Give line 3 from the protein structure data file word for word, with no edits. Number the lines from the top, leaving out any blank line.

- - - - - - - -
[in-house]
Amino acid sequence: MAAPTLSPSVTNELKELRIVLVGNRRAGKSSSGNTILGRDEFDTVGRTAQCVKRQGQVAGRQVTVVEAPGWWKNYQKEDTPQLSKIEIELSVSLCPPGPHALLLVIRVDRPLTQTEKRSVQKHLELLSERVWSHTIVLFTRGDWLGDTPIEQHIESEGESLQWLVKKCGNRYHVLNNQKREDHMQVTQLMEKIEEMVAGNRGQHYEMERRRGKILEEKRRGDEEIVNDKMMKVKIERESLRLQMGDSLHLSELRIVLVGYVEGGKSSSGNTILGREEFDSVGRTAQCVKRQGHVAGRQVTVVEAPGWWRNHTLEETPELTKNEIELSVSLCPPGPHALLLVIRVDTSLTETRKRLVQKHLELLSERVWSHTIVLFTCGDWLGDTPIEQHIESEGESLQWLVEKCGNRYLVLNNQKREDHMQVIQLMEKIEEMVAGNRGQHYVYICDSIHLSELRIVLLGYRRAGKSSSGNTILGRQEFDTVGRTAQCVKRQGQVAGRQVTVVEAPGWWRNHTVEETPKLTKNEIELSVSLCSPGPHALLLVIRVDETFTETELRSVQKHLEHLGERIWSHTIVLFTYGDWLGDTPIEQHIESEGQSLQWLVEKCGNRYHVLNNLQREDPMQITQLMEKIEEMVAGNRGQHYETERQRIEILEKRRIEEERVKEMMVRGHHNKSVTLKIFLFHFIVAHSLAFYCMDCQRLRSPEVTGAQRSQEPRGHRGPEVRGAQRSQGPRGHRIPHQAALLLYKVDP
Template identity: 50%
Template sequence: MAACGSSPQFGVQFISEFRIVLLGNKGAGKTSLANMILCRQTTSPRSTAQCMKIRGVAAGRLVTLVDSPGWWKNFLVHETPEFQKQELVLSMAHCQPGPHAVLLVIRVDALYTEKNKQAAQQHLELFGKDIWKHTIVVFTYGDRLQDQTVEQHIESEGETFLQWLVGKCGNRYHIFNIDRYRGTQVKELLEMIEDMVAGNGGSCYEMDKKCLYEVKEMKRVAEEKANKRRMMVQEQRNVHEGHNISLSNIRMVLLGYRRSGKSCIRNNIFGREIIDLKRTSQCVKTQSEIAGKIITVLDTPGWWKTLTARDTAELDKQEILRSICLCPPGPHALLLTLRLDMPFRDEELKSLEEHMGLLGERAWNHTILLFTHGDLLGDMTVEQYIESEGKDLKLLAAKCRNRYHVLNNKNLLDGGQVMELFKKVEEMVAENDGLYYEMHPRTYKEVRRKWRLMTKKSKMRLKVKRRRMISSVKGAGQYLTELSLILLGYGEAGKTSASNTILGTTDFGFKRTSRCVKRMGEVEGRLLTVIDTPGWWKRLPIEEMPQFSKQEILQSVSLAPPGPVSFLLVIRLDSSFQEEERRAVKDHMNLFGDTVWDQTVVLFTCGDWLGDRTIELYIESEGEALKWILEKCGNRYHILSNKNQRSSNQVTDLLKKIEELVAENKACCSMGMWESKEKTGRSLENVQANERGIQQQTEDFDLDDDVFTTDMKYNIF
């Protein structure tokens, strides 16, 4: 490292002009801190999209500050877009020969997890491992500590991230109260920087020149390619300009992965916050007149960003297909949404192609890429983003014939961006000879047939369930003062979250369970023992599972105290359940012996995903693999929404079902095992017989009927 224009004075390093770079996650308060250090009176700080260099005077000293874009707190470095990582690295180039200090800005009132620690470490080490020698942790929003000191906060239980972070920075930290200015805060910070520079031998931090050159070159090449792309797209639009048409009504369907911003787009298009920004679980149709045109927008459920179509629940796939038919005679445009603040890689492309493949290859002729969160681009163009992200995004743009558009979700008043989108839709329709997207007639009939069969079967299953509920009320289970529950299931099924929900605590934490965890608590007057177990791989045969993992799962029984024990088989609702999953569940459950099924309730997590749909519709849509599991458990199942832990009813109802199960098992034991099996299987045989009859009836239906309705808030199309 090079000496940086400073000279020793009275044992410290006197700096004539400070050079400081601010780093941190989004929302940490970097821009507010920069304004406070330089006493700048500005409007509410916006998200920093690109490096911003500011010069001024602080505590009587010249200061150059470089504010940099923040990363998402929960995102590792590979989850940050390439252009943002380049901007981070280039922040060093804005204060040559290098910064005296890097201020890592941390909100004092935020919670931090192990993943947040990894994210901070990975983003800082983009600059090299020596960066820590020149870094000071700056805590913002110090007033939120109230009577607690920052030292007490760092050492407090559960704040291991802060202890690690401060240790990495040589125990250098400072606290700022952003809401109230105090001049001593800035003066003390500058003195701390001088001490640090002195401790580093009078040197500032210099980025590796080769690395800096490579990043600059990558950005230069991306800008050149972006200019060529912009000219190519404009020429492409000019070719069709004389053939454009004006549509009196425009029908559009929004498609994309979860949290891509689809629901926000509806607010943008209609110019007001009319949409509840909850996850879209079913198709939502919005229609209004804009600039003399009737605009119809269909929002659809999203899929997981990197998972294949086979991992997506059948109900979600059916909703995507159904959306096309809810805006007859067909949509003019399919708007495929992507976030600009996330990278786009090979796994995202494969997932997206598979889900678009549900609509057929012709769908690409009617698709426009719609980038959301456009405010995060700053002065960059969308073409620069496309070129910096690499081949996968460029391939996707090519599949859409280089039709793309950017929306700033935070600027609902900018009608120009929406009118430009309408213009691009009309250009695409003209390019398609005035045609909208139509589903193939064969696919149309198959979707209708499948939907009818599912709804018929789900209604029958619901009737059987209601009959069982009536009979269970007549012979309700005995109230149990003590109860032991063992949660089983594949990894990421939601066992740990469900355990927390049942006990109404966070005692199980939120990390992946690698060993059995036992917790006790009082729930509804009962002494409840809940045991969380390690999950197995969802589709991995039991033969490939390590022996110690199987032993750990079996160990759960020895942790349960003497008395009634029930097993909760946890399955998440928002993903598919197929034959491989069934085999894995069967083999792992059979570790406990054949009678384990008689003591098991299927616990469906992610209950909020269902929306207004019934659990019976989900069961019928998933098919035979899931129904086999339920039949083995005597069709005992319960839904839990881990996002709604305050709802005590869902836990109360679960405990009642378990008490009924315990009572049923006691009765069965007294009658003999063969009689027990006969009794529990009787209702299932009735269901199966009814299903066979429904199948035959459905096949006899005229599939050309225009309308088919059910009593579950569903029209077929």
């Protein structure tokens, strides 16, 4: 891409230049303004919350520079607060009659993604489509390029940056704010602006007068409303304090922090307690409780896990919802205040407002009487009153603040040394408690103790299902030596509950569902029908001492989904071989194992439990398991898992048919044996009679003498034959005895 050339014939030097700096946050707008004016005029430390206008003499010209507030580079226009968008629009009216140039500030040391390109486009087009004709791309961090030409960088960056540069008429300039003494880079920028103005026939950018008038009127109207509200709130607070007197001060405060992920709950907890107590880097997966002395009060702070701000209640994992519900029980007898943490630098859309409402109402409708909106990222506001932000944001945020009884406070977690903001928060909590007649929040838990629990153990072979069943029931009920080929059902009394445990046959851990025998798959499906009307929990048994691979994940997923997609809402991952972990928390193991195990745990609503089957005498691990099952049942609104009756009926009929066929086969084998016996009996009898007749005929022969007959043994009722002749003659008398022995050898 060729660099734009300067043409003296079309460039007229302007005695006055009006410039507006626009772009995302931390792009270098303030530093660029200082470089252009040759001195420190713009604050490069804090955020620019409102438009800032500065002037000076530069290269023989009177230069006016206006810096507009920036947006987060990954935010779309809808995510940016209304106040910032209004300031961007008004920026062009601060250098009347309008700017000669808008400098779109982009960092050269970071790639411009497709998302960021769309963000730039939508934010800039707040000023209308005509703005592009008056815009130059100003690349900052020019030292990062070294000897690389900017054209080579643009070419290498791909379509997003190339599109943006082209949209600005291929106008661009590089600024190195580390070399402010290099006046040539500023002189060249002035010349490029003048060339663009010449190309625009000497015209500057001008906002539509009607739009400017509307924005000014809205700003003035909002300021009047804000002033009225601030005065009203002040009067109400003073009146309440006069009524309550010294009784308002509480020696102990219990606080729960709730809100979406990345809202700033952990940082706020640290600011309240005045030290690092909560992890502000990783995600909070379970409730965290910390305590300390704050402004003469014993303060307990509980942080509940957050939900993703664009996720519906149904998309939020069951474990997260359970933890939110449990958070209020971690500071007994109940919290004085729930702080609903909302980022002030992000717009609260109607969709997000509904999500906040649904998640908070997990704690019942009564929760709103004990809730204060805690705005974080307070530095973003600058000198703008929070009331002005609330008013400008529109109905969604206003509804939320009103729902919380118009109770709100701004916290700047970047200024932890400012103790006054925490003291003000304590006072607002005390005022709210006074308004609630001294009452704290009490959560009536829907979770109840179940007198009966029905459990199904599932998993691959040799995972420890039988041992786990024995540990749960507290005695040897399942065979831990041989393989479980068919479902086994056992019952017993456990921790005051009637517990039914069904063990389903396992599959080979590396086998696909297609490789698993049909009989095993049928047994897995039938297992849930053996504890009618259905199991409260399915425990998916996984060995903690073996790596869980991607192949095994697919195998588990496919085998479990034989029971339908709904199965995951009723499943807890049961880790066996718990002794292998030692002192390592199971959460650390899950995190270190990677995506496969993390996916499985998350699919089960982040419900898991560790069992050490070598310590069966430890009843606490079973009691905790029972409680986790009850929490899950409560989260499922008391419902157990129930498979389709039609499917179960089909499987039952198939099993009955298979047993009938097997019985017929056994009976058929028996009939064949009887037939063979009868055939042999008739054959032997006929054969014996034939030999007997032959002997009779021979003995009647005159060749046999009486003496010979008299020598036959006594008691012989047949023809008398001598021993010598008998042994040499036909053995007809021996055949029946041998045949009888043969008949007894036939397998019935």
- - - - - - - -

Template identity: 50%